Just Another Palace

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Part I -- To Russia With Love

Part II -- The Palaces of St. Petersburg

There are 17 palaces listed on the St. Petersburg website and most of them open to the public. Some are museums. We only visited the insides of three palaces, which was enough.

The Winter Palace (Hermitage) has been discussed.

The Mikhailovskiy Palace serves as the home of the Russian State Museum, which had a Mikhail Nesterov exhibit at the time of our visit.

MLW said the Nesterov paintings 'spoke' to her. Some of them were good but if any of them spoke to me, it was in Russian, because I still can't understand what the fuss is all about.

TRT did like the the Russian State Museum. We mostly have pictures of paintings -- boring. It doesn't have the grandeur of the Hermitage but it's nice not to have that distraction.

We stopped for a break in the tea room. TRT has this picture taken and, by some accident, does not look like a total dork here. MLW loves this picture so TRT has agreed to post it, just to prove that he really did like the Russian Museum.

But we are not done yet. There is another palace you should know about -- the Yusupov Palace on the Moika River. It's a clever name because it helps one sort out which Yusupov palace people are talking about. One must be creative when one has so many palaces that it confuses the common folk.

Now this particular palace does NOT look like a palace at all. It may as well be the post office or  high school #146.

It's different inside.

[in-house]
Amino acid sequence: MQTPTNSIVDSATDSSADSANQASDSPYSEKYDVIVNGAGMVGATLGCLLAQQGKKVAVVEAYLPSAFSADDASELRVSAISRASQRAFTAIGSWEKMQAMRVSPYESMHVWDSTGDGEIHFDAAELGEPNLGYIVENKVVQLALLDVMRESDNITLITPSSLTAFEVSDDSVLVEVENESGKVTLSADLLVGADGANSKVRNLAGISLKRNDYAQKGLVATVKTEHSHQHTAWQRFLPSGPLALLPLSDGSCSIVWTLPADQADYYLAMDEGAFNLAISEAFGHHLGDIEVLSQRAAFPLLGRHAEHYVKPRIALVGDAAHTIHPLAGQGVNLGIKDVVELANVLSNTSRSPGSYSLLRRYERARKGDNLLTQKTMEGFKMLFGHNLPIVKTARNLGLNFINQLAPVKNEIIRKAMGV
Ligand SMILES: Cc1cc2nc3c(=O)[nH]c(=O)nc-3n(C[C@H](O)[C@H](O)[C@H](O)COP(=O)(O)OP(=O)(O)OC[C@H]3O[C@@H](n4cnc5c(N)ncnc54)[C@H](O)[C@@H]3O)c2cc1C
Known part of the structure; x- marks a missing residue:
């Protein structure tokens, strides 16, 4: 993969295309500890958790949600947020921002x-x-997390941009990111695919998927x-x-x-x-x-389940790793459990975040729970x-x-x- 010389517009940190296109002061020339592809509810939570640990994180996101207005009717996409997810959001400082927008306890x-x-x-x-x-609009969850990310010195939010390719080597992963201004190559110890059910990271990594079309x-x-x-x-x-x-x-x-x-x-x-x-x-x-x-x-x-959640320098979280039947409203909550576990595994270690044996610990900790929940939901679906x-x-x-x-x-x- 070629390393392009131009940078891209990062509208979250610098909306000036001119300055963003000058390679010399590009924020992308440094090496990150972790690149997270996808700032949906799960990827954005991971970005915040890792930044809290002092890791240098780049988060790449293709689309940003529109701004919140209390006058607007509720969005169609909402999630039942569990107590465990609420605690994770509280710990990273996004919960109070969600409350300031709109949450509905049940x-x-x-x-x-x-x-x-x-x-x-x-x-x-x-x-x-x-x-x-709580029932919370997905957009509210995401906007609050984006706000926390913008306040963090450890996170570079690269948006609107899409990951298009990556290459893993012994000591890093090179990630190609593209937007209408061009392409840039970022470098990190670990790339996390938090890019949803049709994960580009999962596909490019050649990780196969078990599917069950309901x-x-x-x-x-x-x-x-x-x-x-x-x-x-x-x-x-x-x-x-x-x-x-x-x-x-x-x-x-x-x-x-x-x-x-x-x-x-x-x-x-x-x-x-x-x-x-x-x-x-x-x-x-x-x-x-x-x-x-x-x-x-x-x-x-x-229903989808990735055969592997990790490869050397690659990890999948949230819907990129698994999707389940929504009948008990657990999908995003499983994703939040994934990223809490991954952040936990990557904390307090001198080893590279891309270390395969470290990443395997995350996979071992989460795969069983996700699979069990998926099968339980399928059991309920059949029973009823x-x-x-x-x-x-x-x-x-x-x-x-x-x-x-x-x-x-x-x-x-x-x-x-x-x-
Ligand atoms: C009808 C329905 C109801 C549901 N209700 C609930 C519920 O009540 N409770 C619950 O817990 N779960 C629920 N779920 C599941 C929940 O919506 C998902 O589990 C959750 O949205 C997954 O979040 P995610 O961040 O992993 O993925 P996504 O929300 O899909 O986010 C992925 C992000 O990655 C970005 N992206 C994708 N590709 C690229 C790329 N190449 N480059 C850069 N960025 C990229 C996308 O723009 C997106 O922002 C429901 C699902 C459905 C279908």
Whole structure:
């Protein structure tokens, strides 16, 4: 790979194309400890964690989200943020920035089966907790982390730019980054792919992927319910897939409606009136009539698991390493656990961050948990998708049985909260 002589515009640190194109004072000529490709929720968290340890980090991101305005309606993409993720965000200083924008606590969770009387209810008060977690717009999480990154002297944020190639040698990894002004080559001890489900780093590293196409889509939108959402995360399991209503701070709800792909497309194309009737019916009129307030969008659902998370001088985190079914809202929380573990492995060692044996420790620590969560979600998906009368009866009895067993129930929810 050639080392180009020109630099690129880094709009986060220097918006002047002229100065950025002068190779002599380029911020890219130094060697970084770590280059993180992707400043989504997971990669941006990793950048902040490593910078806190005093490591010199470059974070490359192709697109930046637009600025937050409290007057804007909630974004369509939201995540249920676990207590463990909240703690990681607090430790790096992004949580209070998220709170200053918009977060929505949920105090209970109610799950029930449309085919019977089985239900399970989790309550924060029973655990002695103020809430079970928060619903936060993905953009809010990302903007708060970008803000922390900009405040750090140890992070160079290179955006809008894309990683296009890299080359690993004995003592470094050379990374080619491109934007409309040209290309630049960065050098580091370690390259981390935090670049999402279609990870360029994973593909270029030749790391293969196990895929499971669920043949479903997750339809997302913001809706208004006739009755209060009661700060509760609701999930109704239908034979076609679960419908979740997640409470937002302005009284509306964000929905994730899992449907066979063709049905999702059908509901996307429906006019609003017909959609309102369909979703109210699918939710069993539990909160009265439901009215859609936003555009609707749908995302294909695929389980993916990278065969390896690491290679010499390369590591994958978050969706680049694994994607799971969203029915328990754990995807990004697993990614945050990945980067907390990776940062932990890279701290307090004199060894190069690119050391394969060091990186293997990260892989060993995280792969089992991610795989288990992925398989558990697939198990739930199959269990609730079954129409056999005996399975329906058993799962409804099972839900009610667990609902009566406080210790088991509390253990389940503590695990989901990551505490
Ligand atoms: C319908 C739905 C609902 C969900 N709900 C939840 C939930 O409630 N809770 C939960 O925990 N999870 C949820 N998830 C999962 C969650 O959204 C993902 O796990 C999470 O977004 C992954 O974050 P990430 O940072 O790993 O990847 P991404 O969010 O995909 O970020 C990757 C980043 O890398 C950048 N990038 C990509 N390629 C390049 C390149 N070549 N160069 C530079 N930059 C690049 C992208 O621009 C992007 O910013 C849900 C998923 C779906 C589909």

The tour begins with the stairwwell, designed for someone else in some far away land. One of the Yusupov dudes liked it so much that he bought it.

Each room in the circuit around the courtyard (under renovation) is presented in a different style or theme. Many of them served as galleries for the extensive Yusupov art collection (45,000+ pieces)  that included many Dutch Masters and French Impressionists.

There is a beautiful library inside. The Yusupovs had some 55,000+ books in their library collection. There were big rooms and small rooms, all quite amazing, all different. They even had there own home theatre, complete with their own royal box seat in case there was a good show on. It was the original Home Box Office (HBO).

After seeing the Yusupov palace and concluding that some people have way too much money, we decided to do a google search -- "who the hell were the Yusupovs anyway?"

They were Russian nobility descended from the house of Khan.

That's Khan, not Khaaaannn! (from Star Trek). They did quite well in the 18th and 19th centuries as St. Petersburg was coming into its own. From the wikipedia page:

At the beginning of World War I the Yusupovs owned more than 100,000 acres (400 km²) of land and their industries included sugarbeet factories, brick plants, saw-mills, textile and cardboard factories, mines and distilleries, in addition to more than 16 palaces and estates.

That came to an end in the October Revolution of 1917. The extensive art and book collection became state property.

Felix Sumarokov-Elston, famously involved in the murder of Rasputin, married one of the last Princesses in the Yusupov line, a legendary beauty of the time. He was given the title Prince Yusupov and Count Sumarokov-Elston.